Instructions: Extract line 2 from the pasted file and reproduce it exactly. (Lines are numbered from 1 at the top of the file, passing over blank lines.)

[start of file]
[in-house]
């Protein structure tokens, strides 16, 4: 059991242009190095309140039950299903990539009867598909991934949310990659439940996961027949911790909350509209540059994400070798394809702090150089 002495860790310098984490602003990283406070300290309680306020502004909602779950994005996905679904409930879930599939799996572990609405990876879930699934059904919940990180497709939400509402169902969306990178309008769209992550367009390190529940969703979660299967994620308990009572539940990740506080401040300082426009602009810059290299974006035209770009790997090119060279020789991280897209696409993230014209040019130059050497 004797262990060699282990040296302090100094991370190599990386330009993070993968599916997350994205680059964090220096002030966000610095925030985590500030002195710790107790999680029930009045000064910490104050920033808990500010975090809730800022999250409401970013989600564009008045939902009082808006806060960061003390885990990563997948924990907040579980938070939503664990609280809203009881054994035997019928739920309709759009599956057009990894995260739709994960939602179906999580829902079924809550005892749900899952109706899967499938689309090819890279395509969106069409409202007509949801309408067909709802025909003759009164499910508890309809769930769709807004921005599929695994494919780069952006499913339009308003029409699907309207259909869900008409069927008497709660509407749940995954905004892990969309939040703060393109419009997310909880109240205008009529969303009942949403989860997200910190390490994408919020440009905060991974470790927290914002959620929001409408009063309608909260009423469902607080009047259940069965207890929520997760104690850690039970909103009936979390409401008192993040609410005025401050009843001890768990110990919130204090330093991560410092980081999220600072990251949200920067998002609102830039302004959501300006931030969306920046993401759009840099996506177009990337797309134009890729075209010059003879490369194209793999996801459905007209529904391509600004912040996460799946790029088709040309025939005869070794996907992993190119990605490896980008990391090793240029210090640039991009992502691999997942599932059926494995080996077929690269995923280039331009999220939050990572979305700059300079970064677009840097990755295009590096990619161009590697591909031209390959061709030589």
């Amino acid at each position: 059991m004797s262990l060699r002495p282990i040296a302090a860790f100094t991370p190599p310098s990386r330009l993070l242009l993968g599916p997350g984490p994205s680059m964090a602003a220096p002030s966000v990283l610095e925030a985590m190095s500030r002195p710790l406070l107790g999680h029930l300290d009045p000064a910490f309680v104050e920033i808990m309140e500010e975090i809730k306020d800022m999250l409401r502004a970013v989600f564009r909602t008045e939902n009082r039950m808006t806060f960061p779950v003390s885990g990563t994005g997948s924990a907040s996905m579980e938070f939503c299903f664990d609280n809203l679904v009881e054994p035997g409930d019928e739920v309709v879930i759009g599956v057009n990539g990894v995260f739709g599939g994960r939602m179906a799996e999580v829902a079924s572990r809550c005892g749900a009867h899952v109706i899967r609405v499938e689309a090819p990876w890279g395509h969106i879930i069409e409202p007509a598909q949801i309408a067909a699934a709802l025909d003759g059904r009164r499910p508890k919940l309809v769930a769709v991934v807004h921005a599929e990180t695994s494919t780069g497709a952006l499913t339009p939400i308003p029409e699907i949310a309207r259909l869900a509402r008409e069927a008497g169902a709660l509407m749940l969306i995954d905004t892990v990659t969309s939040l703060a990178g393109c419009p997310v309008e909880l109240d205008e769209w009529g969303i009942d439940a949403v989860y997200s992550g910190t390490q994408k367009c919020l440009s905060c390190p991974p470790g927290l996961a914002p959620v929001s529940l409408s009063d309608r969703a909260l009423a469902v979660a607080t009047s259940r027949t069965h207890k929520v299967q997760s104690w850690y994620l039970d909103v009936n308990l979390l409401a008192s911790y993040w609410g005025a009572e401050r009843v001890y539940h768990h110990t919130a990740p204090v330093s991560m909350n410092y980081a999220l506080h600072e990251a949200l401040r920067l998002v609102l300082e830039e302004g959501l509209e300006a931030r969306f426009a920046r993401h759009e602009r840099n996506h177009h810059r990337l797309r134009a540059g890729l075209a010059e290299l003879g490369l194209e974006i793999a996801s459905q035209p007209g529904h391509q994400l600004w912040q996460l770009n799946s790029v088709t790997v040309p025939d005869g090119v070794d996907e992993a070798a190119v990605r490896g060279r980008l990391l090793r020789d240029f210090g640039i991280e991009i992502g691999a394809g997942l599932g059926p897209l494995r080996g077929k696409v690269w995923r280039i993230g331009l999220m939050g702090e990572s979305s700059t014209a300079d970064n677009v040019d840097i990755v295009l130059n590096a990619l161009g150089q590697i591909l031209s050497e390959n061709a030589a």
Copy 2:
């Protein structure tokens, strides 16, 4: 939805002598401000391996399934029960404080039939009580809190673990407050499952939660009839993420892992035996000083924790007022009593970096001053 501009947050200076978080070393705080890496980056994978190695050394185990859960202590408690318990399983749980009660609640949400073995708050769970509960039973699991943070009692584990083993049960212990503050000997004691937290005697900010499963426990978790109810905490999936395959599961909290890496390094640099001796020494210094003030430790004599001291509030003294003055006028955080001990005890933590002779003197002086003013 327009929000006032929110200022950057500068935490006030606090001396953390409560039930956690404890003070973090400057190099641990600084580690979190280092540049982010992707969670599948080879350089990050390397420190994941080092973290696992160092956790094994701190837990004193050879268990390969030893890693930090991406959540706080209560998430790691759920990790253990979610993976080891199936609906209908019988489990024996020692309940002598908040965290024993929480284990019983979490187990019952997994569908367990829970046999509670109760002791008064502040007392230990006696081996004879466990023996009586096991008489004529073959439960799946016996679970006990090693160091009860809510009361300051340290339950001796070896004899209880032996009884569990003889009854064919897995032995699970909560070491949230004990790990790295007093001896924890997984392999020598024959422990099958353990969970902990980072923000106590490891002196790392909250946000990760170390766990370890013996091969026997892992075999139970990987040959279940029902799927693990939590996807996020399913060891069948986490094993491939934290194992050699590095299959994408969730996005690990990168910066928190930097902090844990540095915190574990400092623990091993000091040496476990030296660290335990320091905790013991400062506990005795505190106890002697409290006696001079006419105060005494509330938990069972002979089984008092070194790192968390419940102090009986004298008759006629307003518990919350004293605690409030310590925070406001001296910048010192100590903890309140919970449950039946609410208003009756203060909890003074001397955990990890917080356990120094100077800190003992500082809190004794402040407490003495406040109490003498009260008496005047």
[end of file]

């Protein structure tokens, strides 16, 4: 059991242009190095309140039950299903990539009867598909991934949310990659439940996961027949911790909350509209540059994400070798394809702090150089 002495860790310098984490602003990283406070300290309680306020502004909602779950994005996905679904409930879930599939799996572990609405990876879930699934059904919940990180497709939400509402169902969306990178309008769209992550367009390190529940969703979660299967994620308990009572539940990740506080401040300082426009602009810059290299974006035209770009790997090119060279020789991280897209696409993230014209040019130059050497 004797262990060699282990040296302090100094991370190599990386330009993070993968599916997350994205680059964090220096002030966000610095925030985590500030002195710790107790999680029930009045000064910490104050920033808990500010975090809730800022999250409401970013989600564009008045939902009082808006806060960061003390885990990563997948924990907040579980938070939503664990609280809203009881054994035997019928739920309709759009599956057009990894995260739709994960939602179906999580829902079924809550005892749900899952109706899967499938689309090819890279395509969106069409409202007509949801309408067909709802025909003759009164499910508890309809769930769709807004921005599929695994494919780069952006499913339009308003029409699907309207259909869900008409069927008497709660509407749940995954905004892990969309939040703060393109419009997310909880109240205008009529969303009942949403989860997200910190390490994408919020440009905060991974470790927290914002959620929001409408009063309608909260009423469902607080009047259940069965207890929520997760104690850690039970909103009936979390409401008192993040609410005025401050009843001890768990110990919130204090330093991560410092980081999220600072990251949200920067998002609102830039302004959501300006931030969306920046993401759009840099996506177009990337797309134009890729075209010059003879490369194209793999996801459905007209529904391509600004912040996460799946790029088709040309025939005869070794996907992993190119990605490896980008990391090793240029210090640039991009992502691999997942599932059926494995080996077929690269995923280039331009999220939050990572979305700059300079970064677009840097990755295009590096990619161009590697591909031209390959061709030589």